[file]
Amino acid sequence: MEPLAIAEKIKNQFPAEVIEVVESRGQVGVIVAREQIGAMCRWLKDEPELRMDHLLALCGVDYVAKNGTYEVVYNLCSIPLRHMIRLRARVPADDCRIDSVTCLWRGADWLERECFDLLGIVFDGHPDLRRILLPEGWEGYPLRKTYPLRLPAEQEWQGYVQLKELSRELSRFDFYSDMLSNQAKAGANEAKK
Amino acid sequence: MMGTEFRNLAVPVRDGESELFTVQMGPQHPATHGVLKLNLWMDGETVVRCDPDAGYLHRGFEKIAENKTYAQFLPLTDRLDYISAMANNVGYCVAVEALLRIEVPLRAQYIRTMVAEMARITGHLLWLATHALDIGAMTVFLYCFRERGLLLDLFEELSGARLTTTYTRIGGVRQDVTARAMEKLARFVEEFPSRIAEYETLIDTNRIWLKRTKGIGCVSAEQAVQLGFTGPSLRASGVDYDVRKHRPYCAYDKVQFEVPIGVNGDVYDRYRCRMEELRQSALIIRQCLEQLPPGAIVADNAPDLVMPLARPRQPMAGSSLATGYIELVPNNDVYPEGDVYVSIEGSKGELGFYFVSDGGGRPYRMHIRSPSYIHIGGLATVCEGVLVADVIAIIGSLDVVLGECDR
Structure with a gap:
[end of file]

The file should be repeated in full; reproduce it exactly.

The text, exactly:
Amino acid sequence: MEPLAIAEKIKNQFPAEVIEVVESRGQVGVIVAREQIGAMCRWLKDEPELRMDHLLALCGVDYVAKNGTYEVVYNLCSIPLRHMIRLRARVPADDCRIDSVTCLWRGADWLERECFDLLGIVFDGHPDLRRILLPEGWEGYPLRKTYPLRLPAEQEWQGYVQLKELSRELSRFDFYSDMLSNQAKAGANEAKK
Amino acid sequence: MMGTEFRNLAVPVRDGESELFTVQMGPQHPATHGVLKLNLWMDGETVVRCDPDAGYLHRGFEKIAENKTYAQFLPLTDRLDYISAMANNVGYCVAVEALLRIEVPLRAQYIRTMVAEMARITGHLLWLATHALDIGAMTVFLYCFRERGLLLDLFEELSGARLTTTYTRIGGVRQDVTARAMEKLARFVEEFPSRIAEYETLIDTNRIWLKRTKGIGCVSAEQAVQLGFTGPSLRASGVDYDVRKHRPYCAYDKVQFEVPIGVNGDVYDRYRCRMEELRQSALIIRQCLEQLPPGAIVADNAPDLVMPLARPRQPMAGSSLATGYIELVPNNDVYPEGDVYVSIEGSKGELGFYFVSDGGGRPYRMHIRSPSYIHIGGLATVCEGVLVADVIAIIGSLDVVLGECDR
Structure with a gap: